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Mark Pritchard: To ask the Secretary of State for Culture, Media and Sport if he will consider introducing (a) pre-appointment parliamentary scrutiny and (b) confirmation hearings for future appointments to the BBC Trust. 
James Purnell [holding answer 8 October 2007]: BBC Trust appointments are among those regulated by the Commissioner for Public Appointments. We believe the scrutiny afforded by existing arrangements, which include the involvement of an OCPA trained independent assessor throughout, is sufficient. We do not therefore plan to consider introducing pre-appointment parliamentary scrutiny or confirmation hearings for future appointments to the BBC Trust.
This is consistent with proposals set out in the Government Green Paper The Governance of Britain (July 2007), which accepts there are a number of positions in which Parliament has a particularly strong interest because the office holder exercises statutory or other powers in relation to protecting the publics rights and interests. The Government believe that Parliament, through its Select Committees, may play a valuable role where such appointments are not subject to oversight by the Commissioner for Public Appointments or other form of independent scrutiny.
Clive Efford: To ask the Secretary of State for Culture, Media and Sport how many voluntary organisations which were formerly funded from single regeneration budgets have bid for Big Lottery funding in each year for which figures are available; and how many have been successful in each year.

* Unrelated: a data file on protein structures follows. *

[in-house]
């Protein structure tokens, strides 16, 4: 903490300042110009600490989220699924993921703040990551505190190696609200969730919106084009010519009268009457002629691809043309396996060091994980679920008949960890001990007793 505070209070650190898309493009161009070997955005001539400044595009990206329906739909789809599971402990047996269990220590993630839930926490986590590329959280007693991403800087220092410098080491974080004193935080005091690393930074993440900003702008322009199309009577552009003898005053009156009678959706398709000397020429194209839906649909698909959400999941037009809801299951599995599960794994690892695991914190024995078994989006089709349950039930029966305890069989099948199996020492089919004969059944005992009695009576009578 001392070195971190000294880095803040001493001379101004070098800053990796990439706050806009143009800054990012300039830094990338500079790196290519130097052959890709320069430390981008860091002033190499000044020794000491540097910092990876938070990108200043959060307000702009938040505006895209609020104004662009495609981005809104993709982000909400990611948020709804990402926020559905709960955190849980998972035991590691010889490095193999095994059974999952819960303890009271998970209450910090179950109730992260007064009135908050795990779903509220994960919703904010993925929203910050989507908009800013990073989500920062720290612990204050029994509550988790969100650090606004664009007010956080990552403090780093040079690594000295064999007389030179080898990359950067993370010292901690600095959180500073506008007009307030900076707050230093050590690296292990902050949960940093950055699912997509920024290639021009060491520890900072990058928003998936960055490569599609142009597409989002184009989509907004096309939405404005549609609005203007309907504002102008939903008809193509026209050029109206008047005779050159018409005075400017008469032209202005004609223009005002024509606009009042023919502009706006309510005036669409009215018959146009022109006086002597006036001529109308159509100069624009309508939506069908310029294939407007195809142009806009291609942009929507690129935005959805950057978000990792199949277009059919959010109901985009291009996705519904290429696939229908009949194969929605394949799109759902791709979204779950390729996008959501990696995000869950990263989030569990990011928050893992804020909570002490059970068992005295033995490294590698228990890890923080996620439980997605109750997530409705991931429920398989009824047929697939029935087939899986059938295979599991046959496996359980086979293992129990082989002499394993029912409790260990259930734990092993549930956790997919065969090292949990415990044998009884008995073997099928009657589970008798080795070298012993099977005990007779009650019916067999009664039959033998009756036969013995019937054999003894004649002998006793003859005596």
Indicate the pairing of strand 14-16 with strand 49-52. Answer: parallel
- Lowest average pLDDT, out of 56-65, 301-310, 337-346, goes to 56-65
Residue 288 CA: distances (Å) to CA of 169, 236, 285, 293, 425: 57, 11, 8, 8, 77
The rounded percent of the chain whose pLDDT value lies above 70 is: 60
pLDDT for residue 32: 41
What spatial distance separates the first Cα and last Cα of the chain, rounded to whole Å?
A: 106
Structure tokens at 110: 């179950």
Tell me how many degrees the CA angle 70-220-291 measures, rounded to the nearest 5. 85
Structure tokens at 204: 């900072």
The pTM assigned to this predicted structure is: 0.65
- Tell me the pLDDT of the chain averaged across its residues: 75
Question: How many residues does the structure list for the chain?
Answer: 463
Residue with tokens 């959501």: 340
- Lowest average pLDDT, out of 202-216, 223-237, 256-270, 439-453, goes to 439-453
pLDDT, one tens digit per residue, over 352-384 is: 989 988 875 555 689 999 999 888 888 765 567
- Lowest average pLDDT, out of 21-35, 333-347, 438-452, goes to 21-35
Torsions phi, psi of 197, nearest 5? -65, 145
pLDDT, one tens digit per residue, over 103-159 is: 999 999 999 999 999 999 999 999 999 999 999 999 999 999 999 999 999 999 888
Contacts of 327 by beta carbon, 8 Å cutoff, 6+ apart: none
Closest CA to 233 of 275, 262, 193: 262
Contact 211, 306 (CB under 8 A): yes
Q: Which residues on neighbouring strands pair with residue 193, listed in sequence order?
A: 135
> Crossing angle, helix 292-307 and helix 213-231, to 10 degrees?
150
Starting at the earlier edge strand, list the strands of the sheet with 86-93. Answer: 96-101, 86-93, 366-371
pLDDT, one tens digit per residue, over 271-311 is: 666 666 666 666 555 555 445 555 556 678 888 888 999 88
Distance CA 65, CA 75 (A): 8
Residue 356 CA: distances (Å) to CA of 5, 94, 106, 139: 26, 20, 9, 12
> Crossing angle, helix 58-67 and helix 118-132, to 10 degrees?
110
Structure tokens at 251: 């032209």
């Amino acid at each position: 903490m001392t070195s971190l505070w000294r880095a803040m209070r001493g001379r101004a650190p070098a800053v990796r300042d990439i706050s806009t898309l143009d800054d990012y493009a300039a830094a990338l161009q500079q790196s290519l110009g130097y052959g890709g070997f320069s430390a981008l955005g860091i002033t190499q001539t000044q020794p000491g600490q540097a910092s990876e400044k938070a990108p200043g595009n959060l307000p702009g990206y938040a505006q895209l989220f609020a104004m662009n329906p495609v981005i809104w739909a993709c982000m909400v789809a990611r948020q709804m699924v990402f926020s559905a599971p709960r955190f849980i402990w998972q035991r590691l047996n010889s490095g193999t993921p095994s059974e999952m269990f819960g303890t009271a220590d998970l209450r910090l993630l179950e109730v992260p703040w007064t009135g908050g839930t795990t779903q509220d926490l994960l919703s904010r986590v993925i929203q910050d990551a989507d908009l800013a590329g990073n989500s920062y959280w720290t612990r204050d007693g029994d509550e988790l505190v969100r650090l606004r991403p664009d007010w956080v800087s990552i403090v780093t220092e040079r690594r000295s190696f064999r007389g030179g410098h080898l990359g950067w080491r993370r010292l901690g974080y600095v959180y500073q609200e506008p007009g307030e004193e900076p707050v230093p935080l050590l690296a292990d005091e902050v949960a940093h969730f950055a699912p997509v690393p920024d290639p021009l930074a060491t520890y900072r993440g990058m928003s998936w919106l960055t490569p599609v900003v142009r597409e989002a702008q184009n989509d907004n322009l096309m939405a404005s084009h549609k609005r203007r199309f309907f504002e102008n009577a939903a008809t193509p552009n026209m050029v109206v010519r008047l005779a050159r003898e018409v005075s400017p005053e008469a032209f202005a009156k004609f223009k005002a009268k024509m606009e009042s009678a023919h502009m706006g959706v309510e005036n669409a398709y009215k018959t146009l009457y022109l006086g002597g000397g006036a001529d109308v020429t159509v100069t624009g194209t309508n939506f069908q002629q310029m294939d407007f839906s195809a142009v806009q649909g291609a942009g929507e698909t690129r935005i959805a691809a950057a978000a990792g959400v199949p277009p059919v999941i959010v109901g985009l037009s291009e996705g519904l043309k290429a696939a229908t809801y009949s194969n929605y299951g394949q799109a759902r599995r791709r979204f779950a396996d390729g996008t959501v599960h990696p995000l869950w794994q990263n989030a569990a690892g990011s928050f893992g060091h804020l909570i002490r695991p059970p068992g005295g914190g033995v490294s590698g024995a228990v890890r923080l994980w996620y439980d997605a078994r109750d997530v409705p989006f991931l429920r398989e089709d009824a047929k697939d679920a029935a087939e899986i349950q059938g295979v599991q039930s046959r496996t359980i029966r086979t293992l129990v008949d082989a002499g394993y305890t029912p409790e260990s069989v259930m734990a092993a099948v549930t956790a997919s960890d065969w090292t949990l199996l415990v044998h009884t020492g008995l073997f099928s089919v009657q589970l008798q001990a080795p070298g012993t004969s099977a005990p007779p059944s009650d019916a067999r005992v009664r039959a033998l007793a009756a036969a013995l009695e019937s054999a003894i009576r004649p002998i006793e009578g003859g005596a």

Mr. Hoban: To ask the Secretary of State for Culture, Media and Sport which private consultancy firms (a) his Department and (b) agencies which report to his Department engaged in each of the last three years; which programmes or projects each firm worked on; and what the approximate cost to the Department or agency concerned was of each engagement. 
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1. The remaining 205 staff work in Human Resources, Finance and Planning, Strategy, Private Office, Communications and Directorate support.
2. The department is planning to reduce its headcount by around 70 FTE by 2011.
3. The Culture, Creativity and Economy Group deals with a range of subjects; Arts, Architecture, Heritage, Creative Industries, Sports, Museums, Libraries, Broadcasting Policy, Tourism, National Lottery and Gambling Licensing and Tourism.
4. Corporate Services covers Human Resources, Finance and Planning, Strategy and Private Office.
Mr. Alan Reid: To ask the Secretary of State for Culture, Media and Sport what estimate he has made of the number of households which are capable of receiving a high quality and reliable analogue television signal but will not be capable of receiving a fully reliable digital television signal after digital switchover in (a) Argyll and Bute, (b) the STV region and (c) the UK.